Saturday, June 30, 2007

An Awakening...

I would say that my resurgent interest in the metal underground, and subsequent "renaissance", began in an obtuse way, through eBay. In 1998, I was watching some tech program on a Sunday morning, something from CNET I think, and there was a profile on the then-new company eBay. At the time, I was looking for a way to unload my comic book collection and Star Wars toy collection in a profitable way. Comic book shops, renting a table at a comic convention, etc. were definitely not profitable or cost effective, so I was sort of stuck at the time. This was after the comic book boom and crash of the early 90s, so I also suspected that I was a little too late in the game. However, eBay definitely proved the way to go as, over the course of a year and a half or so, I sold all of my stuff for about $7,000 total (my parents had brought all of my stuff with them to L.A. when they RV'ed across the country in 1997).

Incidentally, the most valuable portions of my collection were complete runs of Amazing Spider Man #17-275 in Fine condition as well as Peter Parker #1-150 or so and a few other Silver Age books. For example, I had this one in VF condition...



as well the 35 cent variant of (comic geeks may recognize this as a rarity) in VF or so...



At any rate, I mention this because in late 1999 I finally set about obtaining albums from my previous vinyl and cassette collections on CD. I started snatching up entire discographies from eBay sellers and from various used/ bargain bins in some of L.A.'s better independent record stores. I also unloaded my cassettes in bulk, rather easily, on eBay.

It was also at this time that I started idly persusing Amazon Listmania lists, of all things, and, through Amazon users, various online metal webzines. I quickly realized that I had totally missed the emergence of not only the second wave of black metal and the whole post- "Clandestine", "Soulless" Swedish scene, but the developing/ maturing niche genres of grindcore, Stoner, sludge, and doom (the separation of melodic, funeral, and drone would become readily apparent), as well as the resurgence/ maturing of American death metal as exemplified by Nile (some, undoubtedly, will argue with me, I'm sure).

For example, I recall the ad I had mentioned from a Metal Forces mag that I read at WREX Records while in college that had actually been the beginning of an entire new scene in metal that I had missed!! Needless to say, I was more than mortified and I began to move quickly to remedy the situation. I started out fairly safe, getting "Anthems To The Welkin At Dusk" (I had actually heard "Wrath Of The Tyrant" somewhere along the line earlier and, still influenced by the production disappointments of New Renaissance Records from my youth, immediately dismissed it) and "Enthrone Darkness Triumphant", and, a little more risque at the time for me, "Transilvanian Hunger". Given that I was already prone to the extreme forms of metal since birth, I was immediately hooked and set about buying the entire discographies of all of the classic black metal bands from Norway and beyond, as well as just about every other minor classic that I could get my hands on. Immediately recognizing black metal for the fine art that it is, as well as the ability of the musicians to explore realms never prior realized in metal, I quickly accepted thin and poor production as part of the art form. I also heavily bought up the Swedish scene and related bands, but avoided the more melodic stuff such as In Flames, whom I've never liked. My "renaissance" will continue...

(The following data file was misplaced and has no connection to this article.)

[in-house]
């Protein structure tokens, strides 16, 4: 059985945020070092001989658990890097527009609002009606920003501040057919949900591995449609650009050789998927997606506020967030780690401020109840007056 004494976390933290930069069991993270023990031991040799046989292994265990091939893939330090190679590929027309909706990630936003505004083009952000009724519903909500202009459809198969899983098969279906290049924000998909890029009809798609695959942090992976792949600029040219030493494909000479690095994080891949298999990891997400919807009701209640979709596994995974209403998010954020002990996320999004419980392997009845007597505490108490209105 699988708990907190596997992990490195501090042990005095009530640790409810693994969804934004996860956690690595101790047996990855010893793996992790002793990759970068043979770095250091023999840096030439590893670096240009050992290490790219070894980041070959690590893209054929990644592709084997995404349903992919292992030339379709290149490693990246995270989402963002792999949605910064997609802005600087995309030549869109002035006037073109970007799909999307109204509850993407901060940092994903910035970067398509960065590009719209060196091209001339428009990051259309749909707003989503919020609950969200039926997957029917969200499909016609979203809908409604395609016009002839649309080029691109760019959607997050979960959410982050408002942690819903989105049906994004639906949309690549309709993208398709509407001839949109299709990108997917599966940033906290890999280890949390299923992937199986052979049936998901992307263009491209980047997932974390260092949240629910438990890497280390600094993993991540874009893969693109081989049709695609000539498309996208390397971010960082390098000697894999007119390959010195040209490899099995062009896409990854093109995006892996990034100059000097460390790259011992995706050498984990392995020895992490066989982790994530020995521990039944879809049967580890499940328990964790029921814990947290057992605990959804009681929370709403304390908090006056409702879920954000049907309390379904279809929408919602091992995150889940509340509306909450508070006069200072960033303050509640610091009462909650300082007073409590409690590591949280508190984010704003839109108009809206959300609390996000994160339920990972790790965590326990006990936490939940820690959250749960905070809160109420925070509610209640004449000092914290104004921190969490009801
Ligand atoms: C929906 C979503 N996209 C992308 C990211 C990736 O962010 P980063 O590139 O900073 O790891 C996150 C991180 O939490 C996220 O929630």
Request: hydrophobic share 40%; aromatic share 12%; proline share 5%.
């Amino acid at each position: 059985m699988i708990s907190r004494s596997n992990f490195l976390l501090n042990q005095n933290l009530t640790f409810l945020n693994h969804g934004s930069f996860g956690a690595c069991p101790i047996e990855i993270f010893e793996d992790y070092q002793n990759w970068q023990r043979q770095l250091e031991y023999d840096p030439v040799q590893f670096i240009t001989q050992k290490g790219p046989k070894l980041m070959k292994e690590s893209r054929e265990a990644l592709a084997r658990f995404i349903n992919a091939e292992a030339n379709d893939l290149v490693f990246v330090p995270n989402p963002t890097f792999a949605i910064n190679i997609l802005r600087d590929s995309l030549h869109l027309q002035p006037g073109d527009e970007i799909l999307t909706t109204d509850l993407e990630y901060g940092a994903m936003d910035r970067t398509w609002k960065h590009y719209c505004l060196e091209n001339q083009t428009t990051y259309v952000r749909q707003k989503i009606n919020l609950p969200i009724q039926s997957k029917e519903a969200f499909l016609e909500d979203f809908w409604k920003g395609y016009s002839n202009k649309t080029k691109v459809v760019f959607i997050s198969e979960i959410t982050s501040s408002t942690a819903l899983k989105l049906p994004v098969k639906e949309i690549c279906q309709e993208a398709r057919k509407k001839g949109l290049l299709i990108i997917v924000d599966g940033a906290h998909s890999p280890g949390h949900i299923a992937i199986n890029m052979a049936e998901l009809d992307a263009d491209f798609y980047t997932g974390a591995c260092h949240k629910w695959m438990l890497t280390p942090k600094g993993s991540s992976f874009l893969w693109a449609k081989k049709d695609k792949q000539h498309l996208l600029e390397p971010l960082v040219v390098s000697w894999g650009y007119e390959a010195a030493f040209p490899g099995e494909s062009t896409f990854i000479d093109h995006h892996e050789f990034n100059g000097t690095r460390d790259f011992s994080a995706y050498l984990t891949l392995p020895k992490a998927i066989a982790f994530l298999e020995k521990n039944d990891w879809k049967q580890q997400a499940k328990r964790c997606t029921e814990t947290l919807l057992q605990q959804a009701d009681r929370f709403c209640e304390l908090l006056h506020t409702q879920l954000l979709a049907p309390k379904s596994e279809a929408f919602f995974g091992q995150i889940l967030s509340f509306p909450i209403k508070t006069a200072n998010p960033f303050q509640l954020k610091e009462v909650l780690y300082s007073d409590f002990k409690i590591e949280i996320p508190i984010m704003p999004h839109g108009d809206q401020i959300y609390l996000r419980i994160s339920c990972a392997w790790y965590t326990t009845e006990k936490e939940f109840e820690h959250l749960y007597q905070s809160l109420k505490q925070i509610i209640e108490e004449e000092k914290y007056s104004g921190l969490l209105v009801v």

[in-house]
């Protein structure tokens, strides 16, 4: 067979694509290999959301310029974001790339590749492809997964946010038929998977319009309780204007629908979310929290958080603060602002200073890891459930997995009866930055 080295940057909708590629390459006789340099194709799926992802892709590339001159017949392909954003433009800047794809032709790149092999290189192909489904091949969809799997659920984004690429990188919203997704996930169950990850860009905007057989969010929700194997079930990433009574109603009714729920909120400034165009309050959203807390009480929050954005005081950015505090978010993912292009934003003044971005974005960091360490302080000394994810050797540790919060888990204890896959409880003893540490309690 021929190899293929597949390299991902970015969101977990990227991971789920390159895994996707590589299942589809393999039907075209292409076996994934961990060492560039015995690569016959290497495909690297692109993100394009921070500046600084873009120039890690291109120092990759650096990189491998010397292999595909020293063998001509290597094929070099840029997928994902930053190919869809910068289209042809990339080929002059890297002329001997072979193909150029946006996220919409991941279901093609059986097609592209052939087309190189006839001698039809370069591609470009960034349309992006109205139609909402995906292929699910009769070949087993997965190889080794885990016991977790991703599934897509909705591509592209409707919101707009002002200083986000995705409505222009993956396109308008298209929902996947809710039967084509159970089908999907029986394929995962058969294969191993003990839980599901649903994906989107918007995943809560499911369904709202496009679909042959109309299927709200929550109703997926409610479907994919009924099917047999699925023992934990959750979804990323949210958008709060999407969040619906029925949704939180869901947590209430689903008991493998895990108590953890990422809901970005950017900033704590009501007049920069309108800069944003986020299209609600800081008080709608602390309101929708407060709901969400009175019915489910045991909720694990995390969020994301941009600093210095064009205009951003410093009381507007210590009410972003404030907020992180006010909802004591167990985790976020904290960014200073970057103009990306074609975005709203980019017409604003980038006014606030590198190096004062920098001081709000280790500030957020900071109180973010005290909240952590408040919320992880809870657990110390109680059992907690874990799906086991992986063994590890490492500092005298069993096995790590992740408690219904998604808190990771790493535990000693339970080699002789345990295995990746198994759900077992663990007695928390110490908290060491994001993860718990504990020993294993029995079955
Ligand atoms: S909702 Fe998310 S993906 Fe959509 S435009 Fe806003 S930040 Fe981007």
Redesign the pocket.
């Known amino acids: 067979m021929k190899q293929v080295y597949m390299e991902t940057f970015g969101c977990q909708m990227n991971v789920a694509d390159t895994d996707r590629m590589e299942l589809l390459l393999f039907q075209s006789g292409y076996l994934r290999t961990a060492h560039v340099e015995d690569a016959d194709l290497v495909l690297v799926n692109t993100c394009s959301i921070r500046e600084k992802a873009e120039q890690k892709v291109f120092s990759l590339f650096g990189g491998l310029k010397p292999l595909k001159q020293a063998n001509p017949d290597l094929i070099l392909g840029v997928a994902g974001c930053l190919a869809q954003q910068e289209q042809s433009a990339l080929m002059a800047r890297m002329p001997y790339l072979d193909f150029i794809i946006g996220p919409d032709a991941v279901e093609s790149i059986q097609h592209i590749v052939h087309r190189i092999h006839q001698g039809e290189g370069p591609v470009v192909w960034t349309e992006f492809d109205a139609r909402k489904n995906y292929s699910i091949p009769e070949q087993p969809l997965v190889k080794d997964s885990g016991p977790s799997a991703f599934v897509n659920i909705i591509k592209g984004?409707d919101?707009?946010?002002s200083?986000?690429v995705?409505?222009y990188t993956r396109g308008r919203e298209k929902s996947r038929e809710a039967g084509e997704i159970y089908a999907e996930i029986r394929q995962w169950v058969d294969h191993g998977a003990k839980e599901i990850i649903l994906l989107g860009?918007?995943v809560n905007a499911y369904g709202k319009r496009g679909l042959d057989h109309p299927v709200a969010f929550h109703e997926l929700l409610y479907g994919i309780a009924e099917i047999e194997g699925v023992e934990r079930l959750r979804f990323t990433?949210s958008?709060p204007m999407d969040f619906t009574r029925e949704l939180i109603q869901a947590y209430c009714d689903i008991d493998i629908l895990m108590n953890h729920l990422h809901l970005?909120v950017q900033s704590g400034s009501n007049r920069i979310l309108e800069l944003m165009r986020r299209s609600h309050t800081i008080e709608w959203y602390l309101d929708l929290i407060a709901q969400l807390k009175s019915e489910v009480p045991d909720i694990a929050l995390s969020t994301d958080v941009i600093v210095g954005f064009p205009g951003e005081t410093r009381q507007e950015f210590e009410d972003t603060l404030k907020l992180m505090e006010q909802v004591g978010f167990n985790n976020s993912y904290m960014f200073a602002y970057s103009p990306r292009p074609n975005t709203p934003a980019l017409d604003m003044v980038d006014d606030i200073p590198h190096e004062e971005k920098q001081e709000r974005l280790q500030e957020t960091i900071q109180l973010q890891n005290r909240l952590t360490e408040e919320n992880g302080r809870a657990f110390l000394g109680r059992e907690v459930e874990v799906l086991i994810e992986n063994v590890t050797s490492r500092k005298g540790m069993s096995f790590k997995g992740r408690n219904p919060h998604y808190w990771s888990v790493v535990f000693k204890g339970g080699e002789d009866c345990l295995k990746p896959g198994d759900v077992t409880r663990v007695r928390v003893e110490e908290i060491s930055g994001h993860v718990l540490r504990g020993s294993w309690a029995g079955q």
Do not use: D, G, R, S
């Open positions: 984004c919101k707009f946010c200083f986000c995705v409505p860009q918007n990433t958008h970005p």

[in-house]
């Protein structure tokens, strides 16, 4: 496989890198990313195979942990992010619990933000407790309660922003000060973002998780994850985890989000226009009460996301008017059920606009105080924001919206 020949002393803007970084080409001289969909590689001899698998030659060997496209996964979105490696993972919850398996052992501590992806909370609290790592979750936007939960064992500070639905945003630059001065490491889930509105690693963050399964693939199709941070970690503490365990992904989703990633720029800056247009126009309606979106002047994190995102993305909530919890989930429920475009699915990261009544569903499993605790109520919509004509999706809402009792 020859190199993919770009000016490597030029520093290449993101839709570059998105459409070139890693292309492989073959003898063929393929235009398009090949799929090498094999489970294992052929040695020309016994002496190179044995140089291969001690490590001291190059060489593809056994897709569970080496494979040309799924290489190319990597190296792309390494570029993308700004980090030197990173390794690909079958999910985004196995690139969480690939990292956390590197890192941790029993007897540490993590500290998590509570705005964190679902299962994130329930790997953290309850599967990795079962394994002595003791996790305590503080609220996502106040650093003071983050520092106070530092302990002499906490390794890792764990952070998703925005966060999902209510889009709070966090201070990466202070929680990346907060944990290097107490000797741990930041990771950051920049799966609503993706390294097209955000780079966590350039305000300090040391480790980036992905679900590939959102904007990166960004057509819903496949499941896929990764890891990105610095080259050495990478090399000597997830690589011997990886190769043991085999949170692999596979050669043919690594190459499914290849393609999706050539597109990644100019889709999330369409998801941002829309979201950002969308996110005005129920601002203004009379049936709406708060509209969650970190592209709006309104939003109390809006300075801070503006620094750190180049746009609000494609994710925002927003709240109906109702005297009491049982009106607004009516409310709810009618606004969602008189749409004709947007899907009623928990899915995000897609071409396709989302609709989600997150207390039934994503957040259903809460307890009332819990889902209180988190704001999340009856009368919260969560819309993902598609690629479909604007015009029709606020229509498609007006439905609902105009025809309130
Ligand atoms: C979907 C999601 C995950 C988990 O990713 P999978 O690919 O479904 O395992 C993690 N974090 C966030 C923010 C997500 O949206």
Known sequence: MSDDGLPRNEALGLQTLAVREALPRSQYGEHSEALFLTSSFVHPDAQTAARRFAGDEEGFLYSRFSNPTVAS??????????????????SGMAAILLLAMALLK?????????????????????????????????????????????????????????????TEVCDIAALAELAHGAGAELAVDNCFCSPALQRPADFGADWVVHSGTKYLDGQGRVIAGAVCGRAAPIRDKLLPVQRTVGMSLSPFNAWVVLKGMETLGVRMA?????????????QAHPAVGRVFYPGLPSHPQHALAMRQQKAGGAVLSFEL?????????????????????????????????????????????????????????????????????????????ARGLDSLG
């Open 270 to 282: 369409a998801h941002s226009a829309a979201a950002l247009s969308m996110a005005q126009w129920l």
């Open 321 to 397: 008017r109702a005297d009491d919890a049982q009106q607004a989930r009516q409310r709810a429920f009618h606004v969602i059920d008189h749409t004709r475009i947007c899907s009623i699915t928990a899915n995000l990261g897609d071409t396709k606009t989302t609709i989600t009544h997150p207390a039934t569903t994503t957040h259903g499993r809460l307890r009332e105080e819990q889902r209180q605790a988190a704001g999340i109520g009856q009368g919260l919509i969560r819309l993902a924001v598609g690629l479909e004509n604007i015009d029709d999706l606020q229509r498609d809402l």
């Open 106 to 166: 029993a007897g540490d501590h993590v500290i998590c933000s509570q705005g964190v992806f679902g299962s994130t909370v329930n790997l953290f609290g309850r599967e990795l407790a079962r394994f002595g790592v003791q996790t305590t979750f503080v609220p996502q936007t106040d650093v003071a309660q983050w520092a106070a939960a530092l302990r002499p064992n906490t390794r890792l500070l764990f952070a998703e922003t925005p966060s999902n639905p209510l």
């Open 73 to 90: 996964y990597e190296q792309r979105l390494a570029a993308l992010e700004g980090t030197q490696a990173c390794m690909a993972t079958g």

Wednesday, June 27, 2007

Sodom

I'll pause in my metal history to briefly pay tribute to Teutonic giants Sodom. Sodom first burst into the collective consciousness of myself and my friends in early 1984 with the classic "In The Sign Of Evil" EP. Featuring goofy looking band members, weird haircuts ("Check out Angelripper's bowl haircut!"), a silly cover, atrocious sound, broken English song titles and lyrics that made no sense, and, at the time, the most over the top, primitive black/ death metal to be found, Sodom earned a regular spot in our collective rotation for years to come. For some of my friends, this was the album that cemented everyone's interest in the percolating first wave of black metal...



Here's a rare photo of the back cover...



When I was in high school, there was a Battle of the Bands contest organized at school. One of the bands that we convinced to try to earn a spot was a local cover band called Infernal Death, which actually featured a very young Shaun Glass as a member. The band would later evolve into Terminal Death, and eventually Glass ended up in Broken Hope. They played three songs during their slot, and one of those songs was "Outbreak Of Evil". About half of the crowd, led by myself and Skull, went nuts. The other half of the crowd of teenagers sprinted for the exits, but so what?

(Skull: Remember the "Battle of the Dance"?)

Needless to say, we were on the edge of our seats in anticipation for Sodom's first full-length, "Obsessed By Cruelty". I bought the SPV version of the album first, and we were all crushed at how awful (even for Sodom's standards) the mix ended up. A friend of mine bought the remixed version that came out a few months later, which was better, but I never managed to get a copy of it. Today, I only have the "In The Sign Of Evil/ Obsessed By Cruelty" double CD from 1988 on Steamhammer and I'm not sure which version of "Obsessed..." is featured. This is the version with the songs not in the sequence described on the back cover and features an "After The Deluge/ Obsessed By Cruelty" medley of sorts (not on the cover) according to the track list when I recently ripped the CD. If anyone knows if this is the remixed version, let me know. Encyclopaedia Metallum's information is vague...